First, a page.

Thursday, October 24, 2013 – Saturday, October 26, 2013
Kenneth Nebenzahl, Jr., Lecture Series
North Americans on both sides of the U.S. – Canada border are commemorating the bicentennial of the War of 1812 in 2012-15. But while Canadians remember the war as a formative national event, Americans remember it (if at all) as a comparatively minor event in their history, easily overshadowed by the memory of the Civil War, whose sesquicentennial is also currently being commemorated.
Thursday, November 4, 2010 – Saturday, November 6, 2010
The struggle of peoples worldwide for independence from colonial domination was one of the most important geopolitical events of the twentieth century, though the history of decolonization did not, of course, start in 1900. It may be traced at least as far back as the American revolutions of the eighteenth and nineteenth centuries, and might include the nineteenth-century nationalist movem
Thursday, November 8, 2007 – Saturday, November 10, 2007
16th Nebenzahl Lectures: Ancient Perspectives: Maps and Their Place in Mesopotamia, Egypt, Greece, and Rome
This series examined recent trends in the study of the mapmaking by the ancient cultures ringing the ancient Mediterranean Sea. The series was organized for the Smith Center by Dr. Richard Talbert (University of North Carolina-Chapel Hill), and included seven papers on topics ranging from urban to cosmological mapping.
Thursday, October 7, 2004 – Saturday, October 9, 2004
The expansion of early modern states into global empires had ramifications for almost every aspect of the history of modern cartography. Topographic mapping played an important practical and symbolic role in the attempts to extend European power over newly established dependencies.
Thursday, October 11, 2001 – Saturday, October 13, 2001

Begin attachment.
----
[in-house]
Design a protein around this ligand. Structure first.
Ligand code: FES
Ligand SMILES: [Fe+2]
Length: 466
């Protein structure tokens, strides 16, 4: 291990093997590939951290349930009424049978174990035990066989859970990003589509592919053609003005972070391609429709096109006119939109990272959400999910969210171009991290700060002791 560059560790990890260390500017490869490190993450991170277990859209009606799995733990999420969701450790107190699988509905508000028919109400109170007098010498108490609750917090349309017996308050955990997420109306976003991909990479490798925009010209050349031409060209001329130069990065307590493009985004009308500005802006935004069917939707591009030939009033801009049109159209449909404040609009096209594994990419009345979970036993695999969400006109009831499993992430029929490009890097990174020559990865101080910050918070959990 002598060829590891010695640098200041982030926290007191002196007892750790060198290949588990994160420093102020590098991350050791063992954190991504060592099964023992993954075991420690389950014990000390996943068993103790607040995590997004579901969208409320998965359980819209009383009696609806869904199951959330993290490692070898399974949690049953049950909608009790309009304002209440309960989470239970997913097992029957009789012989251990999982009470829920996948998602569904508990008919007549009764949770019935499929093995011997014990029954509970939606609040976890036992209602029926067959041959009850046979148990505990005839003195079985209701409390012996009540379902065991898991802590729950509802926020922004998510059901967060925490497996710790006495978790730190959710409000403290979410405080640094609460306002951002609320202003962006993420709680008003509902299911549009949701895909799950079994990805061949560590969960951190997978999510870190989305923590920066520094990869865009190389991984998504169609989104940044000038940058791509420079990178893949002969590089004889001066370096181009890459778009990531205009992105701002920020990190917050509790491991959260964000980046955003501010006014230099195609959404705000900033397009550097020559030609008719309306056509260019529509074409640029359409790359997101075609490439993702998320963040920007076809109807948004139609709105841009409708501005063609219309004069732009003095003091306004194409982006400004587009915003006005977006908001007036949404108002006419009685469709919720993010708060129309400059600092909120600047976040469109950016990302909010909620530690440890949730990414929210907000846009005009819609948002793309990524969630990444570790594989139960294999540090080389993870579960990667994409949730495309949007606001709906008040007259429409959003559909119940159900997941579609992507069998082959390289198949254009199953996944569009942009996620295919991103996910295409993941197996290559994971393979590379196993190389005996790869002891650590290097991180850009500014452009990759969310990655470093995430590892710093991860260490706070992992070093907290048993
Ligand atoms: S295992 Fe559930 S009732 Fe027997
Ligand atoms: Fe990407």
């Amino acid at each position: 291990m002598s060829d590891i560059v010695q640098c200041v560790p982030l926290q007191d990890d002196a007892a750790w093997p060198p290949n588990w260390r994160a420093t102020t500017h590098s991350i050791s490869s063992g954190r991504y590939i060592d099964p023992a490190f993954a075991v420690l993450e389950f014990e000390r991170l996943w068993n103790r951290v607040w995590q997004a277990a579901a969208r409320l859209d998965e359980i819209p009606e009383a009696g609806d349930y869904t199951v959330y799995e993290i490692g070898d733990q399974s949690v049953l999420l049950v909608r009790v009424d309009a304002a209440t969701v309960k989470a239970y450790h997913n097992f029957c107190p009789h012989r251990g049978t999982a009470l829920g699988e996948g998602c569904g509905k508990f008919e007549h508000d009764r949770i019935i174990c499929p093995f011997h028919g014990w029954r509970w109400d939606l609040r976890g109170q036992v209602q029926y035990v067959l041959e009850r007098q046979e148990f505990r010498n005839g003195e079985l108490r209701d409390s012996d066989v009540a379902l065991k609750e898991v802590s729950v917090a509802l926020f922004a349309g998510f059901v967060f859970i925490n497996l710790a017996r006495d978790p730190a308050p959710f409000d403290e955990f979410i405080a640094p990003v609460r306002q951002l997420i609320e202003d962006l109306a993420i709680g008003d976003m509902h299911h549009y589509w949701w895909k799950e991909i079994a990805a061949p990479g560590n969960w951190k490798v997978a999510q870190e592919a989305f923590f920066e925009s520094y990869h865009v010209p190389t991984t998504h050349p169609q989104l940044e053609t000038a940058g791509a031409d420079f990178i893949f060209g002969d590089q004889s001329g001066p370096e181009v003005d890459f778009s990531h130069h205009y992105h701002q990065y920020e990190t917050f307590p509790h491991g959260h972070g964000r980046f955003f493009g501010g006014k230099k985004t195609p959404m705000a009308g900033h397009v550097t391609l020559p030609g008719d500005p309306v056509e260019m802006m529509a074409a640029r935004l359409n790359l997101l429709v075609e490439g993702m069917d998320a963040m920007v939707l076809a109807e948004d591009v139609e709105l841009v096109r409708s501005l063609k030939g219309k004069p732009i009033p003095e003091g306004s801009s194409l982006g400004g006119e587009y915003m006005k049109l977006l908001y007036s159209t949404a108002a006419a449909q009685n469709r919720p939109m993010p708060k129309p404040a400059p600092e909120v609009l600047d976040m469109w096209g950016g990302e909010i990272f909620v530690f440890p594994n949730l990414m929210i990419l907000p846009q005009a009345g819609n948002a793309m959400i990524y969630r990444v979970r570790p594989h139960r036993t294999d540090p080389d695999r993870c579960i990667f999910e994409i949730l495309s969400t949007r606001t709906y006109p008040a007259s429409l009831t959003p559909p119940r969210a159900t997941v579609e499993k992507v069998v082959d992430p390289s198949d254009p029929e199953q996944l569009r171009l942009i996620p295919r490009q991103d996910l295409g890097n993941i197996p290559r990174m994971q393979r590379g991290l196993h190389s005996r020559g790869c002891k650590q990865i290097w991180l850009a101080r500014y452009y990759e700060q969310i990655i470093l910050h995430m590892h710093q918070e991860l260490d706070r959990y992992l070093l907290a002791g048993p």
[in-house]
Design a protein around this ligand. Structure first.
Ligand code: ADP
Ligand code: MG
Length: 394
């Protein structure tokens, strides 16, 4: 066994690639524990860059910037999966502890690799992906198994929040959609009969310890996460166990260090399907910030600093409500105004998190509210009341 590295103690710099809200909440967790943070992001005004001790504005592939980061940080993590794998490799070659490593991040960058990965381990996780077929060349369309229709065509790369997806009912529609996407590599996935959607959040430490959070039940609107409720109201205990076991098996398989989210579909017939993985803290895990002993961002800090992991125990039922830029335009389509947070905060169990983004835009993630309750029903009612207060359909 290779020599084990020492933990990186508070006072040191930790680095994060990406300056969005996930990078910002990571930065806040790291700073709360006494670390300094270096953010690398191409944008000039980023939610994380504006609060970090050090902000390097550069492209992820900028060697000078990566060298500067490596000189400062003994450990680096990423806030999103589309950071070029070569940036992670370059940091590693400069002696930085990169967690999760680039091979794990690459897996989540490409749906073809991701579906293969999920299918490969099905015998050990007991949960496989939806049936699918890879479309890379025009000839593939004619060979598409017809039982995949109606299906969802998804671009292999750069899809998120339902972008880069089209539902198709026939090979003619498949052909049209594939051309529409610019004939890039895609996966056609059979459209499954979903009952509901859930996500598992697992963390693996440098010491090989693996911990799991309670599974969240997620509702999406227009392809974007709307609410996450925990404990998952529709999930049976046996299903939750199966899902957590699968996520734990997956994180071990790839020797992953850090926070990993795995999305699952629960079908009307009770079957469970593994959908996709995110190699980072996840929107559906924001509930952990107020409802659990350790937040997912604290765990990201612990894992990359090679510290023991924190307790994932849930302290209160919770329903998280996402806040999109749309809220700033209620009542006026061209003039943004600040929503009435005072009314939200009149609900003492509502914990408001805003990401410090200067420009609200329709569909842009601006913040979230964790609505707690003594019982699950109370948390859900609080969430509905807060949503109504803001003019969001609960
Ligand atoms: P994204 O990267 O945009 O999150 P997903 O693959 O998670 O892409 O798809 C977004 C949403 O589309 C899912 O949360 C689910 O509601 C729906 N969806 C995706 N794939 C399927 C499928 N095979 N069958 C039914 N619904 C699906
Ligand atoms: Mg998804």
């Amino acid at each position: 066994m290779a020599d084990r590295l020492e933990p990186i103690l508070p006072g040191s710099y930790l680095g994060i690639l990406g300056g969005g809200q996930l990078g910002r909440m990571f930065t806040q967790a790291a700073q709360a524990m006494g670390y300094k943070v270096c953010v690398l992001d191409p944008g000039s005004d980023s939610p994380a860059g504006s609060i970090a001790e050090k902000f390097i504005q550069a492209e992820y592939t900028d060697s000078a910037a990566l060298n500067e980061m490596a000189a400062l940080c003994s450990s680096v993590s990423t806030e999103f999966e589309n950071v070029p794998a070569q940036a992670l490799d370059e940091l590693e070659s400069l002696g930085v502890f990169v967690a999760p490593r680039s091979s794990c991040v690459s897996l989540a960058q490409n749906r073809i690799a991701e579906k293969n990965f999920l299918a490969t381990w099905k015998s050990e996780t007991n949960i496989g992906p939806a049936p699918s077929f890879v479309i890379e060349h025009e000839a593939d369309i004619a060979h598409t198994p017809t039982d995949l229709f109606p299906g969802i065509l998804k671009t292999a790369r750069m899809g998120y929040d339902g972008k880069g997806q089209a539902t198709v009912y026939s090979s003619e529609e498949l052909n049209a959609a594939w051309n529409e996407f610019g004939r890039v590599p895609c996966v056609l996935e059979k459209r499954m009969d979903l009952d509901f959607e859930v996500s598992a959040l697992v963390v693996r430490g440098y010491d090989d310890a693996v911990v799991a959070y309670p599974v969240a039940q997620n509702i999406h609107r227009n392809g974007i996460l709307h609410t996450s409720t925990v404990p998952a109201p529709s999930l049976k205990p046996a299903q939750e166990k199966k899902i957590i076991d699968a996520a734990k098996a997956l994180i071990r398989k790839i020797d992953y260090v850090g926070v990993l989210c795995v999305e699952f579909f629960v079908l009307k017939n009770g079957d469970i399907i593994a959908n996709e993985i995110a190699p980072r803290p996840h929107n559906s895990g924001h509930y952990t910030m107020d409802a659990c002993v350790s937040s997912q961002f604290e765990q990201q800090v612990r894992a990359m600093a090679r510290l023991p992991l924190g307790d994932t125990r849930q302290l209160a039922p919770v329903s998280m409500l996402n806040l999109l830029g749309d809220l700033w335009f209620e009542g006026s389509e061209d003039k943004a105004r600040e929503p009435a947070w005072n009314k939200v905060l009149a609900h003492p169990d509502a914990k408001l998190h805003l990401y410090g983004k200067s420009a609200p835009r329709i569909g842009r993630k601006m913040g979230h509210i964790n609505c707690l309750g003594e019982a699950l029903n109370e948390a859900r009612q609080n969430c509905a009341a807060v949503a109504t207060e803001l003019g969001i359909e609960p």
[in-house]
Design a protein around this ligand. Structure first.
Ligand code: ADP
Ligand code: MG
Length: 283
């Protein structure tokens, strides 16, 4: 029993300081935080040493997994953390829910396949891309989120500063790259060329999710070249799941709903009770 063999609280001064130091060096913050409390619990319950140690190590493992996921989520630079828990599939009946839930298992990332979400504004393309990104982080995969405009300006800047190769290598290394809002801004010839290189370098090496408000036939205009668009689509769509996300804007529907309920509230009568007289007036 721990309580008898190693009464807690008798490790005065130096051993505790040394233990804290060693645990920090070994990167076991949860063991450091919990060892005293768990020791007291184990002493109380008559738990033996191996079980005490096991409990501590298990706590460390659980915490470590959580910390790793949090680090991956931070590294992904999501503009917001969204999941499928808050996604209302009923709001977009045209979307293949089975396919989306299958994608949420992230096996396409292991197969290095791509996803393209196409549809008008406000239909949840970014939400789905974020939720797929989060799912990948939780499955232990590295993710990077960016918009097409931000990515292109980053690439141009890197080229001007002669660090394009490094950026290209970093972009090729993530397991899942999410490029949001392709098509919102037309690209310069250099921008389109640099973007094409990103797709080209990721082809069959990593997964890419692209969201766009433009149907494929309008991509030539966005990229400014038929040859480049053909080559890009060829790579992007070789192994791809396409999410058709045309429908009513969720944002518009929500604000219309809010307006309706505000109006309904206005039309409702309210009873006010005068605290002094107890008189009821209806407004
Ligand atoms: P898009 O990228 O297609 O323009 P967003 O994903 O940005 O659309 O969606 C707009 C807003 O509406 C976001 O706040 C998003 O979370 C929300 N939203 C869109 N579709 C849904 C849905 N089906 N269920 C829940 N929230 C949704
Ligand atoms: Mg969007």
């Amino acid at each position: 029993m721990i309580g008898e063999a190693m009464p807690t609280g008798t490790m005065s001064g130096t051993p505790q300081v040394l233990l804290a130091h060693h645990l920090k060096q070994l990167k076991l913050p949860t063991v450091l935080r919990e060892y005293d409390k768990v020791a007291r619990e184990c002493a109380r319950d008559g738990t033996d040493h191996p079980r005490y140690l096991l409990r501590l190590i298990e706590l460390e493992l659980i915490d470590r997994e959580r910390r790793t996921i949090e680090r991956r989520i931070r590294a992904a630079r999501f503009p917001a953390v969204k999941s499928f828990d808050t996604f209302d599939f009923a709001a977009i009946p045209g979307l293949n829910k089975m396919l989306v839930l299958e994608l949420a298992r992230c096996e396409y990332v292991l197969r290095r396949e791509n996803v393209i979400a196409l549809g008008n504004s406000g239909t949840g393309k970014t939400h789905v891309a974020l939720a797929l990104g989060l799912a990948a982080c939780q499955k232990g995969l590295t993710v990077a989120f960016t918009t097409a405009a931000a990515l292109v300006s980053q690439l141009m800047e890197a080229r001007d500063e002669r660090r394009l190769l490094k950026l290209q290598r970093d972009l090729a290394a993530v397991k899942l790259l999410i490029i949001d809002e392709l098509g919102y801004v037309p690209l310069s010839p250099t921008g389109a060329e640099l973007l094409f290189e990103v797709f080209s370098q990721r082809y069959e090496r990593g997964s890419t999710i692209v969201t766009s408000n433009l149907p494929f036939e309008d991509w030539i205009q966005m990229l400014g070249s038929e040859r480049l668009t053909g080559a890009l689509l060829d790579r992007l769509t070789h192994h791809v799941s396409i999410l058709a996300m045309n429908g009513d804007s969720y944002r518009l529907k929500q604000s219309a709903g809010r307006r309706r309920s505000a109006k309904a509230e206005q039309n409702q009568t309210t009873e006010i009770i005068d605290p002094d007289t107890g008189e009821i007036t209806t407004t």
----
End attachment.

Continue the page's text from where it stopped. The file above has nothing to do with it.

Although historians of Cartography often consider the term “commercial cartography” to denote maps of a lesser quality, the commercial motive has been central to the making of maps for centuries. Whether conducted at the behest of governments, scientific organizations, private citizens, or other interests, mapmaking has always been a business as well as an art.
Thursday, October 28, 1999 – Saturday, October 30, 1999
Most people think of maps as simple representations of space, not of time, history, or myth. Yet some Mesoamerican maps relate the myths and legendary histories of the communities that made them, battle plans from all eras narrate the tactics and fortunes of combatants in space and time, and historical atlases chart the expansion and contraction of nations and empires.
Thursday, October 24, 1996 – Saturday, October 26, 1996
One of the most prevalent perceptions of maps is that they are supposed to show us where a place is, and aide us in getting from one location to another. Yet the historical relationship between the traveler and his map has received very little scholarly examination. The lectures given at “Maps on the Move” begin a study of the needs and motivations of mapping for&
Friday, June 25, 1993 – Saturday, June 26, 1993
Thursday, November 7, 1991 – Saturday, November 9, 1991
Thursday, November 10, 1988 – Saturday, November 12, 1988
Thursday, November 7, 1985 – Saturday, November 9, 1985
Thursday, October 27, 1983 – Saturday, October 29, 1983
Thursday, October 30, 1980 – Saturday, November 1, 1980
Thursday, August 11, 1977 – Saturday, August 13, 1977
Thursday, November 14, 1974 – Saturday, November 16, 1974
Friday, November 24, 1972
Friday, April 3, 1970 – Saturday, April 18, 1970
Saturday, October 22, 1966 – Friday, November 11, 1966